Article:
post apocalyptic, biological adventure, graphic novel

Curriculum Ties


Booktalk Ideas

In the first book when Yorick proposes to Beth over the phone, do you think she says yes? Why or why not?

Why does Hero join the Amazons?

Reading Level/Interest Age 

Challenge Issues

Reason for inclusion


Ender’s Game


Reader’s Annotation

When third son, Ender Wiggin, is chosen for elite training by the International Fleet it gets away from the torment of his evil older brother Peter, but it doesn’t guarantee his safety. Convinced that Ender is the only one who can rid the universe of Buggers, the alien race that threatens human existence, International Fleet commanders train Ender to become an elite super solider and defend the planet. Can IF control the weapon they’ve created?

Plot Summary

Ender is a third, and in a world where population is stringently controlled being a third is not a compliment. His parents had to get special permits to allow his birth, but that doesn’t give them anymore time to pay attention to him. When Ender gets chosen for training at the elite International Fleet (IF) Battle School in outer space he’s happy to get away from his evil older brother Peter, but leaving is sweet sister Valentine is harder.

The Battle School kids don’t make transition any less difficult. He’s going through grueling physical and mental training, and facing near constant, violent, torment by the likes of Bonzo de Madrid, a big bully who is outraged at Ender’s success in the classroom and in the mock battles between squads. Eventually Ender is forced to fight Bonzo, to the benefit of neither of them. Ender is terrified that he’s becoming as cruel as Peter and falls into a deep depression. Commander Graff promotes Ender to Command School to help distract him from his worries.

Though Command School is little different from Battle School, with mentally and physically exhausting demands, Ender throws himself into his work. He’s completing his trainings fast and with more ingenuity than ever before, wanting to show Commander Graff and his fellows that they can’t break him. Nearly too late Ender realizes that his been a pawn for the IF the whole time and makes a bold move to take control of his life and change the face of the universe.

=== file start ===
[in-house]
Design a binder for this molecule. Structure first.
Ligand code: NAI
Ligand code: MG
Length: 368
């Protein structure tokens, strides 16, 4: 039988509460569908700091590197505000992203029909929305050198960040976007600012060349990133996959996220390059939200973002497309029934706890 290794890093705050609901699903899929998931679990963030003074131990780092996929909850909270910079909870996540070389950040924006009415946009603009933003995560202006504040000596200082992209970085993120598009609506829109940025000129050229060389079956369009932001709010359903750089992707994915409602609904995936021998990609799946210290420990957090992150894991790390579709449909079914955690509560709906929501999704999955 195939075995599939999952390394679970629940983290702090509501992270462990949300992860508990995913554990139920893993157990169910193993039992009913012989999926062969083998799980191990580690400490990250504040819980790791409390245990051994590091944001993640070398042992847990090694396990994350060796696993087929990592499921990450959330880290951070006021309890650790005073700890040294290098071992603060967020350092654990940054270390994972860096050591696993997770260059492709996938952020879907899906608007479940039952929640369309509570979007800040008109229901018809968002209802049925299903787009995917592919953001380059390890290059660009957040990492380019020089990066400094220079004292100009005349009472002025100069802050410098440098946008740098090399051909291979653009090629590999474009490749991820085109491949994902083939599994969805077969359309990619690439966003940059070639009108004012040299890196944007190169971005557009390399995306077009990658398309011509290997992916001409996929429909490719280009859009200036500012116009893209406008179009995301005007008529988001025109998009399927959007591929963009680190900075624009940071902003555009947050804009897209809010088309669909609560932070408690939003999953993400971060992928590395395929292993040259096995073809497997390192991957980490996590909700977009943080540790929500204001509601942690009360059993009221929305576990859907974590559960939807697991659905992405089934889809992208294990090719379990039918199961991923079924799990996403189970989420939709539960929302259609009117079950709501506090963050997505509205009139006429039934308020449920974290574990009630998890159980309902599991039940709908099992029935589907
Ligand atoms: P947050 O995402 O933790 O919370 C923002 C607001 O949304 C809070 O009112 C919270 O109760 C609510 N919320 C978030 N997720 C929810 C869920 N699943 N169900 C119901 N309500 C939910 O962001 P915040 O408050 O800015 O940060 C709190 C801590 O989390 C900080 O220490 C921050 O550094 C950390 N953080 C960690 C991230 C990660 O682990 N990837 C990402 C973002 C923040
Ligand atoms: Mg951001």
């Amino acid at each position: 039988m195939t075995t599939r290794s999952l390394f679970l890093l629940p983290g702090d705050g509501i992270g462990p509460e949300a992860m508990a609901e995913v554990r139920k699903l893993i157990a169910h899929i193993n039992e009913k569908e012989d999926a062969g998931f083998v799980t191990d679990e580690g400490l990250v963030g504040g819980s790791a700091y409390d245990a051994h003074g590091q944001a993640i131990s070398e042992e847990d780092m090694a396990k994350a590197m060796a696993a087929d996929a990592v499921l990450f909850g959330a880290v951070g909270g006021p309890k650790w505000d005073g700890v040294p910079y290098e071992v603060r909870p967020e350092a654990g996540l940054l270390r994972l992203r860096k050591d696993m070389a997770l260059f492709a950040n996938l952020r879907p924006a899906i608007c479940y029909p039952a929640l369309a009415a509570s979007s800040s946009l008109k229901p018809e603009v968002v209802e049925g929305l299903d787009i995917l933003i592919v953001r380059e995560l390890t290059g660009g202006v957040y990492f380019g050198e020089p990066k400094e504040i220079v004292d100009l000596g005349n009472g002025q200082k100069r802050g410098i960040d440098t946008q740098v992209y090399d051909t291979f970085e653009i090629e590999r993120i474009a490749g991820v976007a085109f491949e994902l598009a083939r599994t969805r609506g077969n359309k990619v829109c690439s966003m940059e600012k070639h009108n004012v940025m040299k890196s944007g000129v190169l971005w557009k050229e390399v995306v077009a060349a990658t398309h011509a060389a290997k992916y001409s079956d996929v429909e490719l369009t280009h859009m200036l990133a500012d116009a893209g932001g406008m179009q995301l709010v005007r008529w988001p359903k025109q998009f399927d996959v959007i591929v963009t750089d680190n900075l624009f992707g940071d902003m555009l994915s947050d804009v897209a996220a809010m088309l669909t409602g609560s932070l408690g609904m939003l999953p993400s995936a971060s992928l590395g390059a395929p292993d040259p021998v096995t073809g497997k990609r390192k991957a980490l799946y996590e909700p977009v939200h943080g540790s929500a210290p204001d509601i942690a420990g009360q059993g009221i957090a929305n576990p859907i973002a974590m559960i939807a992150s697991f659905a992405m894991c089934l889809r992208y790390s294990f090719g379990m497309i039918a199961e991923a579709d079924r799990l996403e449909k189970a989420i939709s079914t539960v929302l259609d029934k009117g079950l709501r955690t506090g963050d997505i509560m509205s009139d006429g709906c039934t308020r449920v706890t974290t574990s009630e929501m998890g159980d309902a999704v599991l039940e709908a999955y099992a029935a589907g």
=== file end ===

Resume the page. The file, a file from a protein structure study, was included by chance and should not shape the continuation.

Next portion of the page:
Critical Evaluation

Author Information 

Orson Scott Card has written a ton of stories in the tradition of Ender’s Game. All told there are twenty stories and novels that make up the series. In addition to writing about Ender, Card also writes modern fantasy, novels inspired by the Bible, poetry, and American frontier fantasy.

He was born in Washington and grew up in California, Arizona and Utah. An active member of the LDS Church, Card did his mission in Brazil in the 70s. His most recent position is as a professor of writing and literature at Southern Virginia University. The film version of Ender’s Game is expected to release next year.


Science Fiction, War, Dystopia, Male Lead

Curriculum Ties


Booktalk Ideas

How is Ender like Peter? How is he different?

Reading Level/Interest Age 


Challenge Issues

This is a violent book and that may make some users or their parents uncomfortable. We strongly encourage our users to choose books and items that are appropriate for them. As supporters of the ALA Library Bill of Rights we oppose censorship. We take requests for reconsideration very seriously and reserve the right to make the final decision after board review. Some alternate titles are: Foundation by Isaac Asimov or Spin by Robert Charles Wilson.

Reason for Inclusion

While many young women will enjoy this book I think it will also hold a strong appeal for young men and this collection needs more of that.